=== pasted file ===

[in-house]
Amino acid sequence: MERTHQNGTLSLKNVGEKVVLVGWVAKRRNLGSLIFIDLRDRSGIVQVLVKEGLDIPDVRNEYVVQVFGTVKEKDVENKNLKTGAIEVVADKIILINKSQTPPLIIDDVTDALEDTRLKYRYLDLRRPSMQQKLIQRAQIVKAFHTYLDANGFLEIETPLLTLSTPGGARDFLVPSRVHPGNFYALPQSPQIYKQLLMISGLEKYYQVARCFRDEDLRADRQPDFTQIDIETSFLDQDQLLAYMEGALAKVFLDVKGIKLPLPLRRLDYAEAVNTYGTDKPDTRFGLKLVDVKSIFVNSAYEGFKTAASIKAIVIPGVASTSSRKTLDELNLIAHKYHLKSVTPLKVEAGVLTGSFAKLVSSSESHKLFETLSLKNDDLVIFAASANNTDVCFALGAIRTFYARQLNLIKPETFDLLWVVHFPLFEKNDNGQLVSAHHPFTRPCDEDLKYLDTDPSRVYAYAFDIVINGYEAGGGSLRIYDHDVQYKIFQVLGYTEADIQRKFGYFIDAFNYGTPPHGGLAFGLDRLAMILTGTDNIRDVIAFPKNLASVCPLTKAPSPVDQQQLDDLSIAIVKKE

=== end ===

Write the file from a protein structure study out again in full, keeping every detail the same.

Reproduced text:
[in-house]
Amino acid sequence: MERTHQNGTLSLKNVGEKVVLVGWVAKRRNLGSLIFIDLRDRSGIVQVLVKEGLDIPDVRNEYVVQVFGTVKEKDVENKNLKTGAIEVVADKIILINKSQTPPLIIDDVTDALEDTRLKYRYLDLRRPSMQQKLIQRAQIVKAFHTYLDANGFLEIETPLLTLSTPGGARDFLVPSRVHPGNFYALPQSPQIYKQLLMISGLEKYYQVARCFRDEDLRADRQPDFTQIDIETSFLDQDQLLAYMEGALAKVFLDVKGIKLPLPLRRLDYAEAVNTYGTDKPDTRFGLKLVDVKSIFVNSAYEGFKTAASIKAIVIPGVASTSSRKTLDELNLIAHKYHLKSVTPLKVEAGVLTGSFAKLVSSSESHKLFETLSLKNDDLVIFAASANNTDVCFALGAIRTFYARQLNLIKPETFDLLWVVHFPLFEKNDNGQLVSAHHPFTRPCDEDLKYLDTDPSRVYAYAFDIVINGYEAGGGSLRIYDHDVQYKIFQVLGYTEADIQRKFGYFIDAFNYGTPPHGGLAFGLDRLAMILTGTDNIRDVIAFPKNLASVCPLTKAPSPVDQQQLDDLSIAIVKKE